Has your enthusiasm encouraged anyone else? If not enthusiasm, what would it be?

Absolutely. If not mine, then the committee’s. The fact that we were able to gather people to work on the manual and the people who have stayed on the committee. We’ve rotated in and out a few people. We’ve got our quarterly Bee Safe newsletter; we’ve been participating in health and safety week in August which is something we didn’t do before but it’ll be our second or third year this year. I’ve conducted a couple trainings now; I’d like to do more. Gotten more people trained in the OSHA 10-hour course which is big. It’s something we’re trying to get field personnel to have. Building in small procedures and practices – yeah it’s definitely paying off. Not as fast as I’d like, but it’s one of the challenges of being a small business.

Questions about safety? Want to learn from the best? Reach out to David Langlais, PE.

Employee Spotlight: Ryan Hayden

Ryan Hayden, EI, Transportation Engineer, and Baseball Enthusiast
1.  What drew you to Hoyle, Tanner?
It was close to home, which provided a great opportunity to work in the neighborhoods I grew up in and am familiar with. Also, it was an appealing company in terms of size, it wasn’t too big where I’d be “just a number” but also not too small where my ability to learn would potentially be limited.
2. What’s something invaluable you’ve learned here?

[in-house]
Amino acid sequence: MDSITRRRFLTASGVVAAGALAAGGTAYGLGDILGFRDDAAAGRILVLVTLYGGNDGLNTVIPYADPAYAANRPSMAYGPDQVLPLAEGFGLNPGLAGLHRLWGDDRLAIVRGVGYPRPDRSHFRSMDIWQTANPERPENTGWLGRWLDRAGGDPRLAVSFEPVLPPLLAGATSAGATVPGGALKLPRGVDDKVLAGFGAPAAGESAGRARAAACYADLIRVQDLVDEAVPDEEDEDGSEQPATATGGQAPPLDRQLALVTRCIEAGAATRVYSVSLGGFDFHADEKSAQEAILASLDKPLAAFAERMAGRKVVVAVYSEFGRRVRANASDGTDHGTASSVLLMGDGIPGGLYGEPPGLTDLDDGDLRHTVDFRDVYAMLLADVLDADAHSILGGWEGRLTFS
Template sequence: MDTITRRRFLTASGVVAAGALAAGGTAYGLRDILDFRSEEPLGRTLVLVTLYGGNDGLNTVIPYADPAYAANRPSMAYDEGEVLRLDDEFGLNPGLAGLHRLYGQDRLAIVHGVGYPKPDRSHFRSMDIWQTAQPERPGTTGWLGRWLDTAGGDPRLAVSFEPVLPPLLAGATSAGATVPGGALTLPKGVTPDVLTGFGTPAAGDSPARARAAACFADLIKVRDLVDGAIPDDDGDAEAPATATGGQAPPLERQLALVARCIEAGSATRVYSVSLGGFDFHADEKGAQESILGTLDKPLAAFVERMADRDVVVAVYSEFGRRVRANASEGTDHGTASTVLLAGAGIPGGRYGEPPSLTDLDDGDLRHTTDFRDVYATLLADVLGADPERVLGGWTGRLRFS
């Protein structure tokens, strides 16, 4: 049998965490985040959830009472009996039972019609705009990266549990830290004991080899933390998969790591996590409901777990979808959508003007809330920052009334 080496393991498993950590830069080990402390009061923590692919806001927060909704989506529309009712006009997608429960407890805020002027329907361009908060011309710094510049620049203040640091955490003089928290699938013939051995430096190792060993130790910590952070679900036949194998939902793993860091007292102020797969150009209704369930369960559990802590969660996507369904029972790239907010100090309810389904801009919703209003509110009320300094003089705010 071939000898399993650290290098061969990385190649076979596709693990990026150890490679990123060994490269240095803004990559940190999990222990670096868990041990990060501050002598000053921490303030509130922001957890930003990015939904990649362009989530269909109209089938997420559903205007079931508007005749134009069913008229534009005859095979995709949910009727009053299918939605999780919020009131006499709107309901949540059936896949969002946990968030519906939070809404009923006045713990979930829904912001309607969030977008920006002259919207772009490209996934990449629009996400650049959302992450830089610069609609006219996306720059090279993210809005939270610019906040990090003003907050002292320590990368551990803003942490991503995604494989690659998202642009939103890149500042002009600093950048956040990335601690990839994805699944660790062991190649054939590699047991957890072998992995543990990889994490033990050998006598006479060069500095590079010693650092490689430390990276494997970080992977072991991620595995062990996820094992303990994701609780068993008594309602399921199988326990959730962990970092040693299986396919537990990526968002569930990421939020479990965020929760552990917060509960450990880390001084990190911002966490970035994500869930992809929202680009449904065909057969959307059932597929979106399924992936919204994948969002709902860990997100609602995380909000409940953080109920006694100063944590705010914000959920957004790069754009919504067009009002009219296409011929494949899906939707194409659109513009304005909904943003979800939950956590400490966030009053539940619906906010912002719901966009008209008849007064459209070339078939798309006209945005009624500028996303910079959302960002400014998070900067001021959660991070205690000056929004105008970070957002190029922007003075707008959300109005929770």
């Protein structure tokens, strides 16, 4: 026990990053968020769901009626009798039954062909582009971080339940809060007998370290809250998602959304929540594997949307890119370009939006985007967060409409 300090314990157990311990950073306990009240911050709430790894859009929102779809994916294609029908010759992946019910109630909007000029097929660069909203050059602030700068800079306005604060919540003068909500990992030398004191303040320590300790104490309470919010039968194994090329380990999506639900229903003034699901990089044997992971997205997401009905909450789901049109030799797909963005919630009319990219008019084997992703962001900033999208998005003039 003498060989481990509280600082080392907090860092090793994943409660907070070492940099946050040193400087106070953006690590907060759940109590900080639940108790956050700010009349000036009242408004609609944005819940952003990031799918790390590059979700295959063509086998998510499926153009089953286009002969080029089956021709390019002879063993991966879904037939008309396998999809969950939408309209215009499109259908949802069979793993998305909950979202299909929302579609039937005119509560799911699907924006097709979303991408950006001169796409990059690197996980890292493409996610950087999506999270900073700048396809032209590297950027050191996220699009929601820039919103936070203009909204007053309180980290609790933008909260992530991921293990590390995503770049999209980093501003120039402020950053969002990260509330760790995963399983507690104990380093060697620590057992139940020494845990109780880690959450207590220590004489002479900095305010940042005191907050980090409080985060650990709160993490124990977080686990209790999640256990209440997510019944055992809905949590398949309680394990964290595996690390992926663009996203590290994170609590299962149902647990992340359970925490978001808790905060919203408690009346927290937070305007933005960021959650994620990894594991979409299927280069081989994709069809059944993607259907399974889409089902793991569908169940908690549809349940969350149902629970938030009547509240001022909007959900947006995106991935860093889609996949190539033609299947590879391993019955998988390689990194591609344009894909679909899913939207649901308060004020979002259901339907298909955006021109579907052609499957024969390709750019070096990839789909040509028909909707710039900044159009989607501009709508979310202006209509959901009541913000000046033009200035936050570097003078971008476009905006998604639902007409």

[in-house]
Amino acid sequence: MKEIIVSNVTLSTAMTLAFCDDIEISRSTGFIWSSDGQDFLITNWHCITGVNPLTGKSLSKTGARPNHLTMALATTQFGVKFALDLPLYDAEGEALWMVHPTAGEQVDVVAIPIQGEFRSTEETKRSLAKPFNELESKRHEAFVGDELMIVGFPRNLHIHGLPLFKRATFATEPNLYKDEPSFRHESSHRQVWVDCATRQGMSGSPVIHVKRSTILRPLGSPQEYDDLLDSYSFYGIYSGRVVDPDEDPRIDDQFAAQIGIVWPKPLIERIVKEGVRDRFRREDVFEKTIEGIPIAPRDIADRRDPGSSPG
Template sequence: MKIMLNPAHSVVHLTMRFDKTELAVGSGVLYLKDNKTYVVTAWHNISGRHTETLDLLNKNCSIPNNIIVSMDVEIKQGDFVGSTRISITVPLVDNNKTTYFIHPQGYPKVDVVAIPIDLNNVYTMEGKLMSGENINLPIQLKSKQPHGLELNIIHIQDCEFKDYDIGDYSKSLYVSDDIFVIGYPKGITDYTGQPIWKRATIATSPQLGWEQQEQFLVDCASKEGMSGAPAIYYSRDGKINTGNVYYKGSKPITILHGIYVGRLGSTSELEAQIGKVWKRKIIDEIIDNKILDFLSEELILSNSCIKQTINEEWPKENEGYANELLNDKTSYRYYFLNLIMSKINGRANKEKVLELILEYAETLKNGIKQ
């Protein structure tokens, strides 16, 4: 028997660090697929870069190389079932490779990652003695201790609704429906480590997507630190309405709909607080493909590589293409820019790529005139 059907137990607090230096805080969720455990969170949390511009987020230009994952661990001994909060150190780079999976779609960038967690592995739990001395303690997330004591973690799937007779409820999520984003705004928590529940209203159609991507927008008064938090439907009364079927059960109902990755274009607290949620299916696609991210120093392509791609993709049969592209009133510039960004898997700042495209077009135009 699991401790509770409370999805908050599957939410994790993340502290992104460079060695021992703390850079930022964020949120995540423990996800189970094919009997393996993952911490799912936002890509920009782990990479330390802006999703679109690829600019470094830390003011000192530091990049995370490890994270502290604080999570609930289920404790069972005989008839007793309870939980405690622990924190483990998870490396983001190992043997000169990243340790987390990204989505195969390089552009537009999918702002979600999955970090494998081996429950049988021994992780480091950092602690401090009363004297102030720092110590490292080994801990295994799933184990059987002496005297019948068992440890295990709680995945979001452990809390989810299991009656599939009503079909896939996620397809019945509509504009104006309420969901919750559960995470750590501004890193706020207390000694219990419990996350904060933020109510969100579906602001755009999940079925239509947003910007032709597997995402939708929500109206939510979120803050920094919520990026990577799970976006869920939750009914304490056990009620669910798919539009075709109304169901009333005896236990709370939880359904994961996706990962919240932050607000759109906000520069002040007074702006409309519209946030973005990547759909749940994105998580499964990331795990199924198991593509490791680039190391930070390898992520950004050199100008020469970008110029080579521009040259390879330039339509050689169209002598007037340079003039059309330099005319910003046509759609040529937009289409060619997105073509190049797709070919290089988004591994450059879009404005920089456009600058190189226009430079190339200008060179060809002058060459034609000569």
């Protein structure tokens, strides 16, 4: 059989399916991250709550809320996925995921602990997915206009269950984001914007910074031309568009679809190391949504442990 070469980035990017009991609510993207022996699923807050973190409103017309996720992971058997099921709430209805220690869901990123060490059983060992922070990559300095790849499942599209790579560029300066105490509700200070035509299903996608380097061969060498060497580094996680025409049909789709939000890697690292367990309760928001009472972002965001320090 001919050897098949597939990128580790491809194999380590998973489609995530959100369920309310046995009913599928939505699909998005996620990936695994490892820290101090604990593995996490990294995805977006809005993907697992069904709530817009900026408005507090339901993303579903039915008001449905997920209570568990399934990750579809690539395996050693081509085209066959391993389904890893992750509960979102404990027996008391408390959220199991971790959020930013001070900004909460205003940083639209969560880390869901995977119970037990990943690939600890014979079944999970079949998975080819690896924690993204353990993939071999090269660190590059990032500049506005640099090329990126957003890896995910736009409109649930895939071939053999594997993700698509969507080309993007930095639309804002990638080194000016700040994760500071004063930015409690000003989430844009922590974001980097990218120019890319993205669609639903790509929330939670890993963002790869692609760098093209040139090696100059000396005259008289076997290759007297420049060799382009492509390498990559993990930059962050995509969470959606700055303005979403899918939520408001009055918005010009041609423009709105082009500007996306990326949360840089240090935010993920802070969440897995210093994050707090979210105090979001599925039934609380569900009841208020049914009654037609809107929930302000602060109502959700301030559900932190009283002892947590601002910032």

Making yourself more valuable by stepping up to learn something new can go a long way.
3. What’s your favorite time of year to work at Hoyle, Tanner?
Winter – because the weather is bad outside and I enjoy what we do here at Hoyle, Tanner, so it helps to have something enjoyable when it’s so cold and dark outside.
4. What’s the coolest thing you are working on?
Drone technology.
5. What’s the best thing that’s happened to you so far this week?
I learned a better way to use the roadway corridor modeling software we are using on a project in Western Massachusetts.
6. How many different states have you lived in?
1- New Hampshire
7. If you could only eat one meal for the rest of your life what would it be?
Grilled Chicken over rice with green beans and mashed potatoes on the side.
8. What kind of pet do you have and how did you choose to name it?
I adopted 2 cats, named Hawk and Kaiser.
9. What is a fun or interesting fact about your hometown?
My hometown is Dover, New Hampshire and my high school hockey team is the most dominant team in the state over the last 20 years.
10. What are three things still left on your bucket list?
1. Skydiving
2. Travel to Antarctica
3. See a baseball game at every Major League Baseball ballpark
11. Name three items you’d take with you to a desert island
Knife, Sunblock, Matches
12. What characteristic do you admire most in others?
Honesty.
13. How old is the oldest item in your closet?
Probably upwards of 70 years, I have my grandfather’s old Letterman Jacket from when he was in high school. For items I wear, I have a sweatshirt that is about 10 years old.
14. Words to live by? Favorite quote?
“The only time you should ever look back is to see how far you’ve come .” – Mick Kremling
15. What did you want to be when you were growing up?
A baseball player (a more realistic one was to work at NASA.)
16. If you were to skydive from an airplane what would you think about on the way down?
How beautiful the view is.